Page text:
Edward is portrayed as the Renaissance man, but it really makes girls crave this dangerous, seemingly unattainable specimen.  He keeps her safe by watching her while she sleeps and following her around (which in itself is creepy, and gave me chills), but at the same time, he’s not healthy for Bella.  He’s all she can ever think about, and later on in the story, she becomes nearly suicidal when he goes away for a while.

So, tell me what you think.  Explaining these traits in Edward Cullen, does he not seem to you like a dangerous stalker?  Bella is driven crazy by her level of feeling for him, and she throws her entire life away for this on boy, and I will go into that in further detail later. 

Many who dislike the book still praise Edward Cullen for being a model young man.  However, I disagree.  He’s selfish in taking Bella so thoroughly from her life, and he remains near her no matter how dangerous it is for her.

Tuesday, May 3, 2011

Twilight Review, Part 1

A while back, I read the Twilight series.  For you.

I had adamantly sworn that I would never read it, but my curiosity piqued enough… and so I did.  I thought it would be a great blog post or two, and so I dug through the books in about two weeks.

Let me begin with my first impressions.  I have been told regularly that the writing in these books is absolutely phenomenal.  However, I disagree.  And at the same time, I fully agree.  As I read, I noticed that the authorship was plain.  It was simple vocabulary with a few choice words thrown in here and there.  However, it wasn’t spectacular by any stretch of the imagination.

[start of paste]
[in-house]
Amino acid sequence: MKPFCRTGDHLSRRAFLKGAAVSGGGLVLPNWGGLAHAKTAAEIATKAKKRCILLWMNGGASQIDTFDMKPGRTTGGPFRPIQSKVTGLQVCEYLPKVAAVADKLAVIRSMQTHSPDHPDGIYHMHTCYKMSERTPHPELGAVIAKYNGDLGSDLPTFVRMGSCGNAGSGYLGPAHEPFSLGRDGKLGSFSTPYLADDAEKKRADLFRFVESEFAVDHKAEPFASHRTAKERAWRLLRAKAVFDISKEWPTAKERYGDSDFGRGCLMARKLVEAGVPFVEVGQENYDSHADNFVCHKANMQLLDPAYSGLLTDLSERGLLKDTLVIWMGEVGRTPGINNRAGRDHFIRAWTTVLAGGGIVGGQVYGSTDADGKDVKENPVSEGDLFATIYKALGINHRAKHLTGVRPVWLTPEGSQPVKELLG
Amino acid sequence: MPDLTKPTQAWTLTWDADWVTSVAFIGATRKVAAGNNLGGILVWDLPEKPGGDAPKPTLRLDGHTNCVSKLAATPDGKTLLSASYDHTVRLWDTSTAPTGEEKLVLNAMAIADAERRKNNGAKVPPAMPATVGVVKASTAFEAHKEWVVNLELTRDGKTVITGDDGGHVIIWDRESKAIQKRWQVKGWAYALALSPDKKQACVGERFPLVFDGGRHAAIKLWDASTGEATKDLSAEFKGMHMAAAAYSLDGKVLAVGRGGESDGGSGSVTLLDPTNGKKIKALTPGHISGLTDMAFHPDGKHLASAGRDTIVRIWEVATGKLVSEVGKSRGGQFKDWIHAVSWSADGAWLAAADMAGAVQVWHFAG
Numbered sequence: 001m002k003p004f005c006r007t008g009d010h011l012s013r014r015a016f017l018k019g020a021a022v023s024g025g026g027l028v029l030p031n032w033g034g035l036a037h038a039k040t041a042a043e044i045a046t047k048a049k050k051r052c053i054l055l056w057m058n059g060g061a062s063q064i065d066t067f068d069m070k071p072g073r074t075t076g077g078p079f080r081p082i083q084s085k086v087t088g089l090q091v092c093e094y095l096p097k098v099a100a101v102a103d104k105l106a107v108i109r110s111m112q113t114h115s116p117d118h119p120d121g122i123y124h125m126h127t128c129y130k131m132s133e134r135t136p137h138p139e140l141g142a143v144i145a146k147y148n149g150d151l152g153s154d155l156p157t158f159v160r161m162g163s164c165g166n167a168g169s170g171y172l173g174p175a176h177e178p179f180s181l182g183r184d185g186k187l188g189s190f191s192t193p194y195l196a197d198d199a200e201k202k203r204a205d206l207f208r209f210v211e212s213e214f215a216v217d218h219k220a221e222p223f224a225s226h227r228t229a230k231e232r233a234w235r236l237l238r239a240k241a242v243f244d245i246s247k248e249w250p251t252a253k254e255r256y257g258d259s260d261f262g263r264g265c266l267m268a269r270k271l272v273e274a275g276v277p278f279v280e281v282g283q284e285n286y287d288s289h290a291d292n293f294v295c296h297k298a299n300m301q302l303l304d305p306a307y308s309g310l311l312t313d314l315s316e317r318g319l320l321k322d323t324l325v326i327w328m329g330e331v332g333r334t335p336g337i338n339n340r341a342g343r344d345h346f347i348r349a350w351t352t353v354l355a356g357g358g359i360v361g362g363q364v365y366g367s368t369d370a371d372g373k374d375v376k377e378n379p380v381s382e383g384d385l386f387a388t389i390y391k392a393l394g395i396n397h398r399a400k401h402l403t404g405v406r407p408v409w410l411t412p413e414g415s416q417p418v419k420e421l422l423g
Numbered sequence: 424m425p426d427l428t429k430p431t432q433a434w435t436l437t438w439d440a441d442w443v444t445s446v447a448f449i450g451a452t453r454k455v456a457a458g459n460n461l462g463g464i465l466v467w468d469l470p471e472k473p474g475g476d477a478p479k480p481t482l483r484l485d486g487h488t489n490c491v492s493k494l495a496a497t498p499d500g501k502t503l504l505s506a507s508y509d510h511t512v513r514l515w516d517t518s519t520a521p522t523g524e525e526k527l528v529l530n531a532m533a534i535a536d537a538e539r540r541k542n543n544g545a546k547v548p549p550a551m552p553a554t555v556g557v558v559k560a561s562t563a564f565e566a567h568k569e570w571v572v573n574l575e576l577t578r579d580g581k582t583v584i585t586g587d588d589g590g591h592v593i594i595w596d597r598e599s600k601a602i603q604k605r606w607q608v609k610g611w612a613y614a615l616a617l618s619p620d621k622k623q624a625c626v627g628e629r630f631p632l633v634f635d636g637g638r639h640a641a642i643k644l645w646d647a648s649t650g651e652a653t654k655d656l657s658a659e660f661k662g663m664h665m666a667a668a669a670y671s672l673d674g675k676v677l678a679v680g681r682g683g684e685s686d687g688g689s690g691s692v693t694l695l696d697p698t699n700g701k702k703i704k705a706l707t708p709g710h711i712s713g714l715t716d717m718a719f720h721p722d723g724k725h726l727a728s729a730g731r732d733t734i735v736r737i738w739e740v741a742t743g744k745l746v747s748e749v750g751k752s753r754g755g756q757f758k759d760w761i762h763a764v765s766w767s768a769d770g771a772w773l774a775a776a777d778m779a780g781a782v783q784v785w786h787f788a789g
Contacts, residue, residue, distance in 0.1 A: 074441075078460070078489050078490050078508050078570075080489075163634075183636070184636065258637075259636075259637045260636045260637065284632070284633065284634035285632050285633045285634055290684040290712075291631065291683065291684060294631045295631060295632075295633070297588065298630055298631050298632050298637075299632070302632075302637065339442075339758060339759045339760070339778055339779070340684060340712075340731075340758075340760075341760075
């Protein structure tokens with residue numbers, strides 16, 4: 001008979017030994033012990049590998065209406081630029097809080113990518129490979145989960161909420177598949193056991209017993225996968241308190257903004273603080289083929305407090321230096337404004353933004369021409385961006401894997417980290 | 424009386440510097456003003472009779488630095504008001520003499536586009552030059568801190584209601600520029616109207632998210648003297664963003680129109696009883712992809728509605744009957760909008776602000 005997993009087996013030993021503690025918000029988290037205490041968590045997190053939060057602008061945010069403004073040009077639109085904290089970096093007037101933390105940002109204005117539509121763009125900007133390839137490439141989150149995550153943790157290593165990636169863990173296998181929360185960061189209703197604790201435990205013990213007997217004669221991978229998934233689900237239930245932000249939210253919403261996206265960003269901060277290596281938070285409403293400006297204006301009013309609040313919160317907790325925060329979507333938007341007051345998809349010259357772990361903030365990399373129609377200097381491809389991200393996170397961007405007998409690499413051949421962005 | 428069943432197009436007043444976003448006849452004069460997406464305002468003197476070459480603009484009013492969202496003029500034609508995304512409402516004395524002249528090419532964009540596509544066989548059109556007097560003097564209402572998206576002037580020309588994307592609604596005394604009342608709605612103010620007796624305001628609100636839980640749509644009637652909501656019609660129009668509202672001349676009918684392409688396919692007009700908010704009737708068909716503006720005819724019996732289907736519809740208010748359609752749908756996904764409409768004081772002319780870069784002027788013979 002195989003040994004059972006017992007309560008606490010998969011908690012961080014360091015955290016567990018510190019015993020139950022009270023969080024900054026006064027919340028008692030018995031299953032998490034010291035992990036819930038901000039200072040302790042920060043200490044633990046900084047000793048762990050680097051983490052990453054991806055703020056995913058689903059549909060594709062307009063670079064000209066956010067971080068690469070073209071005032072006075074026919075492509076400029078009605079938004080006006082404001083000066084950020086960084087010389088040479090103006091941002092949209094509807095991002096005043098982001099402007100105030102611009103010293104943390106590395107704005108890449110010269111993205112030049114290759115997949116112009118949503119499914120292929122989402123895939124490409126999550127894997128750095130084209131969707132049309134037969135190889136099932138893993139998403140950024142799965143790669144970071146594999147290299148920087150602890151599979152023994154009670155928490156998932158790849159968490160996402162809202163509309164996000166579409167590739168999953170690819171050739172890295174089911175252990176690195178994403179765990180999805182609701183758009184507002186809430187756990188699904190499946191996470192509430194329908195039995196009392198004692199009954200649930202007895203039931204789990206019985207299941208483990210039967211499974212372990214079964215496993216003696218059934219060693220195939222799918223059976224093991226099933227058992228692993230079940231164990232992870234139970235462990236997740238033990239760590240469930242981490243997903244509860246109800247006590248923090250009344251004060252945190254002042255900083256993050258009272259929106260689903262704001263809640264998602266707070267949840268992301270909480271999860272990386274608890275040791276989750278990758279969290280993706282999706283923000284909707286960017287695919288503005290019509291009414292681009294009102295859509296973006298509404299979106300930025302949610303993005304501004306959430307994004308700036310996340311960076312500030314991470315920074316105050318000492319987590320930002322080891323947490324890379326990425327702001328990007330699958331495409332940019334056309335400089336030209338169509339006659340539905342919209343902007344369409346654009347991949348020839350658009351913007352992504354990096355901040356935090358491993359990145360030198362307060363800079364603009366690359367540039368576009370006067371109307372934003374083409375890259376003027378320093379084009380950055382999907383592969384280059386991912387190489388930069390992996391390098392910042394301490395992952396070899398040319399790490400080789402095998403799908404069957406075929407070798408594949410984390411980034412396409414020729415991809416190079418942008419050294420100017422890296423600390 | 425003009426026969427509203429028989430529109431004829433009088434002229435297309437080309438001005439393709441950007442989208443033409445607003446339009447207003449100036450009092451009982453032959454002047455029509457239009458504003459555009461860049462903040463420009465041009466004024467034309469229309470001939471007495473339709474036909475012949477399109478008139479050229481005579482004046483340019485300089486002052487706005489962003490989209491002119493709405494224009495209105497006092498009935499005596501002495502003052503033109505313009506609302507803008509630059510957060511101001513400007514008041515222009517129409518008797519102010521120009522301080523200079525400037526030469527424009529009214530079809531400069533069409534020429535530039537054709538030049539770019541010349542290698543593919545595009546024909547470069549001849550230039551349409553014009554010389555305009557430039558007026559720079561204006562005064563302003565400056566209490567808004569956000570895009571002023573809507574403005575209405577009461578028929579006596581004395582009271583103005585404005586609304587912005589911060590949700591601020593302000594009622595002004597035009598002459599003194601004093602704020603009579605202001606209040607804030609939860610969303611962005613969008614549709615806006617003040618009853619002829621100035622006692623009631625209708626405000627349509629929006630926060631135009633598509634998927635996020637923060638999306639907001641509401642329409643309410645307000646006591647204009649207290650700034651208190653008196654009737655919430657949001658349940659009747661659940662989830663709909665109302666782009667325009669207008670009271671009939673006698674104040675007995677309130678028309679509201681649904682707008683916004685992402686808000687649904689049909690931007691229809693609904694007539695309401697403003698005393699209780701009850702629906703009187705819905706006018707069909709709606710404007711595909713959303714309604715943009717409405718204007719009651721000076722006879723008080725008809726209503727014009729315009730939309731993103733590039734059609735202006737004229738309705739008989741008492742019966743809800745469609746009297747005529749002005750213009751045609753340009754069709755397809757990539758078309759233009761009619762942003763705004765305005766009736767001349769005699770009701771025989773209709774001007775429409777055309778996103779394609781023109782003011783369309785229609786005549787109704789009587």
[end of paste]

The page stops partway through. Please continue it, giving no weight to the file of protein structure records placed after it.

At the same time, I agree that the writing is skillful.  Reading in as neutral of a mindset as I could muster, I found myself being pulled.  My heart would alternately soar and fall as the story did, and I had to really think about the story in order to continue reading.  I knew I was in this to give an honest review, and I needed to focus.

The author’s ability to reach into the mind of a young girl is absolutely stunning.  Though the writing is simple, it’s still amazing how Stephanie Meyer manages to tug the heartstrings.  You follow the characters with reckless abandon unless you stop and truly think. 

Once I began to consider the actual story as opposed to the frippery and romanticism and feeling that it evokes, I was shocked at the message. 

Girls, especially teenage girls, have a natural craving to be safe and protected.  In this case, this protection comes in the arms of a mysterious, Victorian-esque vampire.  The main character, Bella Swan, is the very image of  a down-to-earth young lady… or so it seems.  I actually find her to be unbalanced and foolish.